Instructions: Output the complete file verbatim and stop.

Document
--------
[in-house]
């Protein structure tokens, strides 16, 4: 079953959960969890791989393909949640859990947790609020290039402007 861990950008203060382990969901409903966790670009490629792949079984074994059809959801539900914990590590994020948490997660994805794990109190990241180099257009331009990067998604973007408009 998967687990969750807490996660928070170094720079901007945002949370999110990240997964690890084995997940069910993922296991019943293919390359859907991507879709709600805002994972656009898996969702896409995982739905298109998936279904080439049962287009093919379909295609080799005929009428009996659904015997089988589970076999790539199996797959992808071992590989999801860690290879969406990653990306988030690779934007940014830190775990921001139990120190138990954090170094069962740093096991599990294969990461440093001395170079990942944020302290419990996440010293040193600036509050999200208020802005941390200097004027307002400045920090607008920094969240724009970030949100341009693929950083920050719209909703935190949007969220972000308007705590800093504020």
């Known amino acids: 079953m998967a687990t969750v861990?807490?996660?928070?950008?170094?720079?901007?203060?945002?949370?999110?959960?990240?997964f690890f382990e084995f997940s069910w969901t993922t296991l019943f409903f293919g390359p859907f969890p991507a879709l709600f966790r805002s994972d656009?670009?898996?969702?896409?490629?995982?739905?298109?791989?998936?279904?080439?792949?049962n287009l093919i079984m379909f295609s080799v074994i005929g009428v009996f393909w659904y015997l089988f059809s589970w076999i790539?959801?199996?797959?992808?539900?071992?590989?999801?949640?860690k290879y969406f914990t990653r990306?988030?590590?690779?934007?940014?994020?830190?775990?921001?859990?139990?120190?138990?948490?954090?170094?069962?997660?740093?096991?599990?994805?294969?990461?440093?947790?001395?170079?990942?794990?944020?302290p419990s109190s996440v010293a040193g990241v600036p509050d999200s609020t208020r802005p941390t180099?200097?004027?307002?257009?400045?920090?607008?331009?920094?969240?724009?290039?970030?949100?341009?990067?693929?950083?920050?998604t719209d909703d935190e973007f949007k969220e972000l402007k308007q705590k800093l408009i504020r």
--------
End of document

[in-house]
């Protein structure tokens, strides 16, 4: 079953959960969890791989393909949640859990947790609020290039402007 861990950008203060382990969901409903966790670009490629792949079984074994059809959801539900914990590590994020948490997660994805794990109190990241180099257009331009990067998604973007408009 998967687990969750807490996660928070170094720079901007945002949370999110990240997964690890084995997940069910993922296991019943293919390359859907991507879709709600805002994972656009898996969702896409995982739905298109998936279904080439049962287009093919379909295609080799005929009428009996659904015997089988589970076999790539199996797959992808071992590989999801860690290879969406990653990306988030690779934007940014830190775990921001139990120190138990954090170094069962740093096991599990294969990461440093001395170079990942944020302290419990996440010293040193600036509050999200208020802005941390200097004027307002400045920090607008920094969240724009970030949100341009693929950083920050719209909703935190949007969220972000308007705590800093504020």
């Known amino acids: 079953m998967a687990t969750v861990?807490?996660?928070?950008?170094?720079?901007?203060?945002?949370?999110?959960?990240?997964f690890f382990e084995f997940s069910w969901t993922t296991l019943f409903f293919g390359p859907f969890p991507a879709l709600f966790r805002s994972d656009?670009?898996?969702?896409?490629?995982?739905?298109?791989?998936?279904?080439?792949?049962n287009l093919i079984m379909f295609s080799v074994i005929g009428v009996f393909w659904y015997l089988f059809s589970w076999i790539?959801?199996?797959?992808?539900?071992?590989?999801?949640?860690k290879y969406f914990t990653r990306?988030?590590?690779?934007?940014?994020?830190?775990?921001?859990?139990?120190?138990?948490?954090?170094?069962?997660?740093?096991?599990?994805?294969?990461?440093?947790?001395?170079?990942?794990?944020?302290p419990s109190s996440v010293a040193g990241v600036p509050d999200s609020t208020r802005p941390t180099?200097?004027?307002?257009?400045?920090?607008?331009?920094?969240?724009?290039?970030?949100?341009?990067?693929?950083?920050?998604t719209d909703d935190e973007f949007k969220e972000l402007k308007q705590k800093l408009i504020r």